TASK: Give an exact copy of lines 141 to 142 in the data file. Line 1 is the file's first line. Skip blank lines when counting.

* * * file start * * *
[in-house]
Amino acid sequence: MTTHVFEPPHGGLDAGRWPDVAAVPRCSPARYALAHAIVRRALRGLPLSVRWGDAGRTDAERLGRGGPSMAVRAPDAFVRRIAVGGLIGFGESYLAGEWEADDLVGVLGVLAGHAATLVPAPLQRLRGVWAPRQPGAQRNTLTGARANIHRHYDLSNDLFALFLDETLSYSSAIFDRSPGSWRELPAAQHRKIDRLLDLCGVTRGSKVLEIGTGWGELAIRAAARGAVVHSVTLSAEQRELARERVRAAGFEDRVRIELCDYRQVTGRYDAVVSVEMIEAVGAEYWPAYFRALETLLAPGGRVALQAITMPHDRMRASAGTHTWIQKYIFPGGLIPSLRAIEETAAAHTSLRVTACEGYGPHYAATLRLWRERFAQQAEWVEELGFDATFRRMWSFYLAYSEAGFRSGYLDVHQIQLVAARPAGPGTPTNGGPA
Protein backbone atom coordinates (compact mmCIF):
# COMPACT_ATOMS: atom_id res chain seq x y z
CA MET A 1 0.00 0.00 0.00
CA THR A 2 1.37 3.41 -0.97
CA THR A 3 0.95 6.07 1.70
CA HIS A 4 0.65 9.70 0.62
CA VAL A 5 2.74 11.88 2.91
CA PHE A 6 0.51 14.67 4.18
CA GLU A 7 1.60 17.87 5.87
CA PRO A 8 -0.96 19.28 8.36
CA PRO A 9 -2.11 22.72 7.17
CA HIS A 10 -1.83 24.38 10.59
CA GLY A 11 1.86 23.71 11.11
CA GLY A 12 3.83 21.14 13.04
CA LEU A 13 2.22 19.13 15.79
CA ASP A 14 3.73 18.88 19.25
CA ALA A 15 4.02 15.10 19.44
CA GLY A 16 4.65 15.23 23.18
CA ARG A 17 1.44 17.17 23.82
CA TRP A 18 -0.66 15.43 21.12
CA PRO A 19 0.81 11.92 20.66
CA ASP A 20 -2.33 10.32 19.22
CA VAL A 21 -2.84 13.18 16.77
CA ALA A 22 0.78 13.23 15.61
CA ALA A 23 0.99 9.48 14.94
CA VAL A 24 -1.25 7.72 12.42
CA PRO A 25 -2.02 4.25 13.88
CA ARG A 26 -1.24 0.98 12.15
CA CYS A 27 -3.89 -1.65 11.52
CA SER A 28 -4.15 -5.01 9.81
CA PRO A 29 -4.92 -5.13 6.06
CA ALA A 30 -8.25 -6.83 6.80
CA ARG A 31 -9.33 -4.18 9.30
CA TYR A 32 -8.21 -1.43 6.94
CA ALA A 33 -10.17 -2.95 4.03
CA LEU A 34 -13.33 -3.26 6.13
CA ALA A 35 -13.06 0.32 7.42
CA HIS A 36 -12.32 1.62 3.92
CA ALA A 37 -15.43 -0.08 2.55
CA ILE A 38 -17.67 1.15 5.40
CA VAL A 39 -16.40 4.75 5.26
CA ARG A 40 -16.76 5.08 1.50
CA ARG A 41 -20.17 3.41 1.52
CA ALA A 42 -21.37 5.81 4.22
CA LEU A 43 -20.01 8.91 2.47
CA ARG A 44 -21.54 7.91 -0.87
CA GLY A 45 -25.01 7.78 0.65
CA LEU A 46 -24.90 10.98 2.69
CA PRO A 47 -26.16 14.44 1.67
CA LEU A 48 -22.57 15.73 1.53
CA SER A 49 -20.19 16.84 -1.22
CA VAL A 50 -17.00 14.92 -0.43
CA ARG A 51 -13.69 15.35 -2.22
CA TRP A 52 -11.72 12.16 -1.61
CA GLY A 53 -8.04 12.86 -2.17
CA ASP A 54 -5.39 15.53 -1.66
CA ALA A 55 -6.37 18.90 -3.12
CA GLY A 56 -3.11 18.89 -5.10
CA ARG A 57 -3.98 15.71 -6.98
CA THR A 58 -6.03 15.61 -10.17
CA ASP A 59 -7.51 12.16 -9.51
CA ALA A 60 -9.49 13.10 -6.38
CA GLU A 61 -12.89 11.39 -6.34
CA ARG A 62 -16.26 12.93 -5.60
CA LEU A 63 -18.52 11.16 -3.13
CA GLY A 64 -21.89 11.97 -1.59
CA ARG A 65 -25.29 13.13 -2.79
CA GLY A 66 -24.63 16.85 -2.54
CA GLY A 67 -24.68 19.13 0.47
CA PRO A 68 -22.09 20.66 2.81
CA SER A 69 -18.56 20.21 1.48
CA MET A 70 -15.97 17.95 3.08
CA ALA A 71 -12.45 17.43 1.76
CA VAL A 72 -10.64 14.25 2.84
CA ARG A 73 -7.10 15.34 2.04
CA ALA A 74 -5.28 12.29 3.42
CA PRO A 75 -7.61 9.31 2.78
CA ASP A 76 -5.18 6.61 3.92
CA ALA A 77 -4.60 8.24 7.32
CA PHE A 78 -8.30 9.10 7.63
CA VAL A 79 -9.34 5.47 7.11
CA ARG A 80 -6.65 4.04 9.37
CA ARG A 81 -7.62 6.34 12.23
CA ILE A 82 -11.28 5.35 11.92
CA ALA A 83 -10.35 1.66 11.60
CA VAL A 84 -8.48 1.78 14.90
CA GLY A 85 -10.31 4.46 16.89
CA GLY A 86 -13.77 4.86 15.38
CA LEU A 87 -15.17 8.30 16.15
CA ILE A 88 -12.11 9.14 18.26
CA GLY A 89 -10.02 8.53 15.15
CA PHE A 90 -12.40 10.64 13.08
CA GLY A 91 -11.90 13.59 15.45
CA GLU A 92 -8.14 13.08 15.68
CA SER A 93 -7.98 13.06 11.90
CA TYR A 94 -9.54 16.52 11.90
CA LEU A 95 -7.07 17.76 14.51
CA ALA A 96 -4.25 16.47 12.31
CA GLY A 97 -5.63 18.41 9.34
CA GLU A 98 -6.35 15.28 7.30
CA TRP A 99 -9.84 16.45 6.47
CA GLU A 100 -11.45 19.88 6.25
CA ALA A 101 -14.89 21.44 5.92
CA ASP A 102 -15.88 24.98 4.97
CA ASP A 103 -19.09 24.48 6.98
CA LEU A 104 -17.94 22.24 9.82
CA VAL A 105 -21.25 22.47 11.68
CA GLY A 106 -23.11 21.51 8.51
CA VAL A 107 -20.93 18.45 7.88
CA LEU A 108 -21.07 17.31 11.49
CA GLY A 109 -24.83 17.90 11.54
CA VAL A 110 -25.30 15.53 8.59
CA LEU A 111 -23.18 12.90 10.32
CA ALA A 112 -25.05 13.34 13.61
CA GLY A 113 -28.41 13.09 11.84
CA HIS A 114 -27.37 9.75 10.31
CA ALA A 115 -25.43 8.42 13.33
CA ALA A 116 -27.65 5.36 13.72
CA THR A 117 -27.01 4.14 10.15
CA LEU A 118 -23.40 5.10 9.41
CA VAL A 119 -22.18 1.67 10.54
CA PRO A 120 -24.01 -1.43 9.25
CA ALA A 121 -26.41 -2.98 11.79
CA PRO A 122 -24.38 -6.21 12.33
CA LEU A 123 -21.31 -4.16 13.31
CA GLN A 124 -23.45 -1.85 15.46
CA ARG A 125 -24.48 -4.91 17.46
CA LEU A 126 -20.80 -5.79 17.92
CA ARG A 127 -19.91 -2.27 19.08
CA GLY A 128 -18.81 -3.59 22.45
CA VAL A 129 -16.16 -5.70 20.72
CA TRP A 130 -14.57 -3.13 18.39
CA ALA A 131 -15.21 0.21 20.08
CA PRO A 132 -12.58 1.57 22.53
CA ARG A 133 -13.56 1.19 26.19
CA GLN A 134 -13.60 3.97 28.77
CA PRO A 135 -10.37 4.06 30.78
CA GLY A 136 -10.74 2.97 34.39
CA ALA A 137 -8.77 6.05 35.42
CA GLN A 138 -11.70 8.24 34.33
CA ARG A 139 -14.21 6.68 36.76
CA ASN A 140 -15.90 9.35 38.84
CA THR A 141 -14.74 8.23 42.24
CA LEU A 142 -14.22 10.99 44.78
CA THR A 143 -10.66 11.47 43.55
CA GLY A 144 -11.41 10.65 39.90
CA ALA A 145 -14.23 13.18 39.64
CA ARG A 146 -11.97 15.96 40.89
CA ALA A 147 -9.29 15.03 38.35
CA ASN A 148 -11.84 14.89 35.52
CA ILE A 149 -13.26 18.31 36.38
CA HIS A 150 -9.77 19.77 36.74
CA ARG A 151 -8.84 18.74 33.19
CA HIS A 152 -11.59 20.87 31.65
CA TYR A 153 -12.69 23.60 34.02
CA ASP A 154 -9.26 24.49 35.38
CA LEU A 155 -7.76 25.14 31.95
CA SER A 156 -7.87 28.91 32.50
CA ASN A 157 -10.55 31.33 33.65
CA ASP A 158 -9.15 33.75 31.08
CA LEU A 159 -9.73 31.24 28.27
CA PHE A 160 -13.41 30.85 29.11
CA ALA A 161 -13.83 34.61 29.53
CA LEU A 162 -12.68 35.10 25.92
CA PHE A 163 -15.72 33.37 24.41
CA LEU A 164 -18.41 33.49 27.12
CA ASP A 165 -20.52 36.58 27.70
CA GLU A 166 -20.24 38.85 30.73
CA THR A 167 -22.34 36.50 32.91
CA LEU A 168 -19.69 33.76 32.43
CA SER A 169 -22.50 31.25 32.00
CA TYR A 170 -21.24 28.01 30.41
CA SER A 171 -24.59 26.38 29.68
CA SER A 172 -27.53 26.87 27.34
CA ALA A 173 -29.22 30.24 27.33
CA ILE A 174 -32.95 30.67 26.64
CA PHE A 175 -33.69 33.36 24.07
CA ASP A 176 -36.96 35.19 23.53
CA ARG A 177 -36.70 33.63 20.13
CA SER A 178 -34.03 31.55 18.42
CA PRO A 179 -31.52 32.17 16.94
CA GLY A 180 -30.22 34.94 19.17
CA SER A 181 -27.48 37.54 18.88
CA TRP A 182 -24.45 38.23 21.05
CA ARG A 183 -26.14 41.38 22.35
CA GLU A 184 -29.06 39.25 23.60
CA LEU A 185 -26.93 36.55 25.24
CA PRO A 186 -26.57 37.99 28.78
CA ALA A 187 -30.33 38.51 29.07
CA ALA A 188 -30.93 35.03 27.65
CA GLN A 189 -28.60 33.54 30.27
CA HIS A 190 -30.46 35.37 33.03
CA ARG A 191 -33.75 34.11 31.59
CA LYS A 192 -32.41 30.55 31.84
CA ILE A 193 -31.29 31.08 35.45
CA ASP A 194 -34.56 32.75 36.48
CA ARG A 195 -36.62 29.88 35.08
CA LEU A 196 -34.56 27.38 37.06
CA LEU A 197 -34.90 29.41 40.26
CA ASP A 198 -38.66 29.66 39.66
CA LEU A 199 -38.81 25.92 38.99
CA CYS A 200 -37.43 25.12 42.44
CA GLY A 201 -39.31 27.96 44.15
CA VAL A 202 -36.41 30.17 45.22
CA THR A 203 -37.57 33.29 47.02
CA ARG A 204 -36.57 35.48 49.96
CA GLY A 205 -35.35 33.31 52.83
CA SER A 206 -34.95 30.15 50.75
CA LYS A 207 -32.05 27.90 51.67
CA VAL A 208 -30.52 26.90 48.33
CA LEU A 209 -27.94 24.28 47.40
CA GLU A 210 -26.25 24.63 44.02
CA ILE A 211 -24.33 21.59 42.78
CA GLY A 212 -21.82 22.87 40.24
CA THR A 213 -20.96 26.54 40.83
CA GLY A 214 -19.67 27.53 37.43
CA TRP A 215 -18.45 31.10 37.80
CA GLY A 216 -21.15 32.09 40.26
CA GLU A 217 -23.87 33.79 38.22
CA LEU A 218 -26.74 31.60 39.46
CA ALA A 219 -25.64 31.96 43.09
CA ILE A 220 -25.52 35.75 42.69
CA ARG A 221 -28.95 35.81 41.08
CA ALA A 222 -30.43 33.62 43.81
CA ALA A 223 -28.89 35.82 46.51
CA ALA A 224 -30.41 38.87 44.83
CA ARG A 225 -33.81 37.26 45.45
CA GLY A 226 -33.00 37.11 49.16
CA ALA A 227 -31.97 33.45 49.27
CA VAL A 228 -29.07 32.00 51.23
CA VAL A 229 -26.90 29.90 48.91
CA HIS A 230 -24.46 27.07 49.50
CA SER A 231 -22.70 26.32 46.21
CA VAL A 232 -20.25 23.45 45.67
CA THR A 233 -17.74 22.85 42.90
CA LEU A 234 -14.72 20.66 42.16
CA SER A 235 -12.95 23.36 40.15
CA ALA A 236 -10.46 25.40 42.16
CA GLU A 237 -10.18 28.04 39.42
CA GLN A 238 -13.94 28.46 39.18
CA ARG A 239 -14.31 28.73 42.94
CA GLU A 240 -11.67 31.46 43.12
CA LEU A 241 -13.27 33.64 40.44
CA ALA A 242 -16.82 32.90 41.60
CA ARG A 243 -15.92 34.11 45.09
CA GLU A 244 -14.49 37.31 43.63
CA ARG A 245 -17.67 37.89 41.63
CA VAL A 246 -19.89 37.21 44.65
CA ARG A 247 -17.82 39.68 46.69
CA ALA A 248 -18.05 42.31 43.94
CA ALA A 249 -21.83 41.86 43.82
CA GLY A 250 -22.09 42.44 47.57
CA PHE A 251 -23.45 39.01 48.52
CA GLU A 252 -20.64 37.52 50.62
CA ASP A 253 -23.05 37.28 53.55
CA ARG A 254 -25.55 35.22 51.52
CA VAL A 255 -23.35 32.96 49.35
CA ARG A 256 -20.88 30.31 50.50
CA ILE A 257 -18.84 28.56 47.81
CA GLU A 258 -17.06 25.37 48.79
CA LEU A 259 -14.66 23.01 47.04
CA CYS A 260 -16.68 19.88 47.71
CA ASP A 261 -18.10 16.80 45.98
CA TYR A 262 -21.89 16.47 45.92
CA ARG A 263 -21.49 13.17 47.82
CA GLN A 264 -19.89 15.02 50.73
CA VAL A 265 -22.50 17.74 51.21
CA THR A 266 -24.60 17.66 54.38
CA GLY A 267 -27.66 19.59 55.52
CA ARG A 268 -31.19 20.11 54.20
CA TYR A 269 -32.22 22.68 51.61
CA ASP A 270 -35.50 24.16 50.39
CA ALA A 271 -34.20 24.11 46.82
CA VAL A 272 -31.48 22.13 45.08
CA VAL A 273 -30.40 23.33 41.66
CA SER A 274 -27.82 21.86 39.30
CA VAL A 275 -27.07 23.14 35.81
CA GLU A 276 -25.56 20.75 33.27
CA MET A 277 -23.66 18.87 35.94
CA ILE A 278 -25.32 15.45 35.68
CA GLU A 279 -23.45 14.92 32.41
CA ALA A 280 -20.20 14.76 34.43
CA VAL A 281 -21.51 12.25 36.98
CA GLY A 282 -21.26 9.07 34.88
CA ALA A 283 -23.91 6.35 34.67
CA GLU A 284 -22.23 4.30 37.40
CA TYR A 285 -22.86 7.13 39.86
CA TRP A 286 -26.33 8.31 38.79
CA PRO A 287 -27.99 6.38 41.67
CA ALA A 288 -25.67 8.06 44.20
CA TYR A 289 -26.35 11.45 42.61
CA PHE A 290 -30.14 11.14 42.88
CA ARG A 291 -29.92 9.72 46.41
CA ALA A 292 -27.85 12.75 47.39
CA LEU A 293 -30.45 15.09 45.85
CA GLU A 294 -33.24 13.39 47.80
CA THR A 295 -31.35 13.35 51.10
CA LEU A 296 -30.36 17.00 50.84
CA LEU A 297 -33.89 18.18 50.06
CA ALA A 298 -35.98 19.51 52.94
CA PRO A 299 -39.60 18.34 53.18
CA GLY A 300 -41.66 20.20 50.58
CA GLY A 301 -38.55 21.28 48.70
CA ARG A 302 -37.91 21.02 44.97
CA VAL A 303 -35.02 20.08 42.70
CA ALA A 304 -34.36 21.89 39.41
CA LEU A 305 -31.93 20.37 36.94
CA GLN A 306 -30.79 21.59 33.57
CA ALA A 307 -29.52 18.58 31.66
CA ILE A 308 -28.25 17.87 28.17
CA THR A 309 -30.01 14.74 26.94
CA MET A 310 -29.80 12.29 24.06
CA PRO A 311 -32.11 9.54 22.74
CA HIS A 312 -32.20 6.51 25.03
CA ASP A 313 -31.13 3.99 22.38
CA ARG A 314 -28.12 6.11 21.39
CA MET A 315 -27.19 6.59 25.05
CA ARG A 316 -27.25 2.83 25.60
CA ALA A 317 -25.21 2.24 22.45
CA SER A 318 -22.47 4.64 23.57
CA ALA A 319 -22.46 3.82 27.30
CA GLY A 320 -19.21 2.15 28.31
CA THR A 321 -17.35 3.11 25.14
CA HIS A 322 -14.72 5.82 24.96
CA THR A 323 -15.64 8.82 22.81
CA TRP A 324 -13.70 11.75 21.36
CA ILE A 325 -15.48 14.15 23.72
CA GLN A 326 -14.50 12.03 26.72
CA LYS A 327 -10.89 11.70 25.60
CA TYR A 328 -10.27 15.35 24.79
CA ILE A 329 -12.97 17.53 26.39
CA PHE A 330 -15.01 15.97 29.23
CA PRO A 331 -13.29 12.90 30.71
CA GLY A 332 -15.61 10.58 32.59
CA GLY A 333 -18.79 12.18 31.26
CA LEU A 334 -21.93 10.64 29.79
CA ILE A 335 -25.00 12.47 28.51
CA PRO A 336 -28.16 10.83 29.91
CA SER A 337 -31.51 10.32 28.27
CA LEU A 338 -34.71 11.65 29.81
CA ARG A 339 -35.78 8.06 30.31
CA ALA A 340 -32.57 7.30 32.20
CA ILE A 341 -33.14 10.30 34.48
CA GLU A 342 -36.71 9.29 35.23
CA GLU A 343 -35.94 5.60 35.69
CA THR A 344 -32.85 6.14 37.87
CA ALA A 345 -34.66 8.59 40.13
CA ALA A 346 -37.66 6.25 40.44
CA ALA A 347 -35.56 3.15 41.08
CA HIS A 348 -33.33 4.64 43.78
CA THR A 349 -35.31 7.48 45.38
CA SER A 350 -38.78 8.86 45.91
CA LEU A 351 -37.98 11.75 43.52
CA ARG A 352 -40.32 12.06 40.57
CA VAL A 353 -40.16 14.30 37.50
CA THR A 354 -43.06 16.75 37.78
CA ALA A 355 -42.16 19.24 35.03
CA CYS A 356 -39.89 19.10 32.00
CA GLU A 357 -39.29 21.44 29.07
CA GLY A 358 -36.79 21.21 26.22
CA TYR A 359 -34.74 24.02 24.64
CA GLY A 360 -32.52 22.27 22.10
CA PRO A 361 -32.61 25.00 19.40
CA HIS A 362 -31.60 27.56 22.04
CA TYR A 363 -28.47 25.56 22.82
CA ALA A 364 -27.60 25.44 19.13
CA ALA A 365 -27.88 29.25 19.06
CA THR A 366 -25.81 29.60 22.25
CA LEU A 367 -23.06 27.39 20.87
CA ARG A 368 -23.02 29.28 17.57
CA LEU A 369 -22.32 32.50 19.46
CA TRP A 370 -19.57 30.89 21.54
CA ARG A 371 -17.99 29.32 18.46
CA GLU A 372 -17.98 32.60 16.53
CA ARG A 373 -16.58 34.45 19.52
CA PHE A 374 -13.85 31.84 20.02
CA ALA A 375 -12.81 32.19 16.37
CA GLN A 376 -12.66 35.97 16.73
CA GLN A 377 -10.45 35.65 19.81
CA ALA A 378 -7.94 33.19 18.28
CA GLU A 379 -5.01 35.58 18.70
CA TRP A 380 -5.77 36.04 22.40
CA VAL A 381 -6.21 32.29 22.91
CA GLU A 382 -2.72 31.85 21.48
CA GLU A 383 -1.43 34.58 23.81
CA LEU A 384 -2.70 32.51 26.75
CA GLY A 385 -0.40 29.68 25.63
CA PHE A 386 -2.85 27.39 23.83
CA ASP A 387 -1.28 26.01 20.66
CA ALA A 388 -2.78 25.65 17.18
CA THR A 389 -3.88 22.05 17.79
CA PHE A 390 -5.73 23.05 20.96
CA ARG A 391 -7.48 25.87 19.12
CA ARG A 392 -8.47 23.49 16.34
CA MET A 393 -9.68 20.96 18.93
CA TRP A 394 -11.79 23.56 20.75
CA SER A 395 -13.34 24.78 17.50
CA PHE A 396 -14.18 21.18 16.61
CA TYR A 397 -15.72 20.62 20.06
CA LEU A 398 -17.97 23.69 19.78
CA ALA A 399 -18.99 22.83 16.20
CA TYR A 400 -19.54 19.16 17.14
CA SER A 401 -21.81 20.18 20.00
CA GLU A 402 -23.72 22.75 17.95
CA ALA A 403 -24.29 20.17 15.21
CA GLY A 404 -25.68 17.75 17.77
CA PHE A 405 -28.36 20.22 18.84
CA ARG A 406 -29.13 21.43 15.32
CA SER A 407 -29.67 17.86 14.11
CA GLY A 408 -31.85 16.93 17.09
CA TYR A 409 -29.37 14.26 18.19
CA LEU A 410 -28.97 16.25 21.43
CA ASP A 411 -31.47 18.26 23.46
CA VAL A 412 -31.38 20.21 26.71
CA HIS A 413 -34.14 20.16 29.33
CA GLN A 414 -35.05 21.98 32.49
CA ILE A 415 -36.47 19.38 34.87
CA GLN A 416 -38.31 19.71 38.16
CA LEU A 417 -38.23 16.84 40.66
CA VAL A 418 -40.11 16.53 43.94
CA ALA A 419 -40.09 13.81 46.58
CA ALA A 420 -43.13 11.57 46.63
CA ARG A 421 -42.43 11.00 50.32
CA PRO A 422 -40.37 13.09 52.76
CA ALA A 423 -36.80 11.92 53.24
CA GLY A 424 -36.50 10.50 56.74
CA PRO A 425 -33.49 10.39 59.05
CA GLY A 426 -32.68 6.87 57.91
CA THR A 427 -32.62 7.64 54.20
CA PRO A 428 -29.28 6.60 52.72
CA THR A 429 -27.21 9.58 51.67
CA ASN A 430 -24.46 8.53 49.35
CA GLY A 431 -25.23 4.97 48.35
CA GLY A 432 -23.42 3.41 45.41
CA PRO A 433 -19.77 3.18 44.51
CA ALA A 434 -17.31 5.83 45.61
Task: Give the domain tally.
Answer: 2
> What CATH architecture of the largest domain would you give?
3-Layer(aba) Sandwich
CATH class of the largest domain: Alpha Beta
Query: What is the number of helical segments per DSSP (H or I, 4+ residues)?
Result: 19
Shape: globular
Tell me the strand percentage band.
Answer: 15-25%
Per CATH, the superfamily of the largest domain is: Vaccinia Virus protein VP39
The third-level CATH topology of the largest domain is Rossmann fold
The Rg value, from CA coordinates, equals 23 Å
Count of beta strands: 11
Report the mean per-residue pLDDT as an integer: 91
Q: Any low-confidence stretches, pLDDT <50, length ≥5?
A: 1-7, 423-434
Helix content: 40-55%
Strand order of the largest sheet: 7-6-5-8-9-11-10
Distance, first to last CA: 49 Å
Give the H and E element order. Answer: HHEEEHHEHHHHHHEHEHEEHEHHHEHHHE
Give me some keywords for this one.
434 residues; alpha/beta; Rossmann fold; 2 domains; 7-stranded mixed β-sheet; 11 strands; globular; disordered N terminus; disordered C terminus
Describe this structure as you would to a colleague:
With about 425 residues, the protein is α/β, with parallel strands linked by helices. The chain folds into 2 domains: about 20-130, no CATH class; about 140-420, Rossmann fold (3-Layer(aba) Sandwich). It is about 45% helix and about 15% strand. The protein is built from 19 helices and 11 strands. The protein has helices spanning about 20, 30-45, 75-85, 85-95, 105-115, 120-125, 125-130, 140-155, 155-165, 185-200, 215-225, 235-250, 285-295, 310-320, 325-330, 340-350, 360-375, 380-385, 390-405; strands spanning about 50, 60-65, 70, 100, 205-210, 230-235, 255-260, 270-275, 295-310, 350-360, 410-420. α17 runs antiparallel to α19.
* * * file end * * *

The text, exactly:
CA ALA A 137 -8.77 6.05 35.42
CA GLN A 138 -11.70 8.24 34.33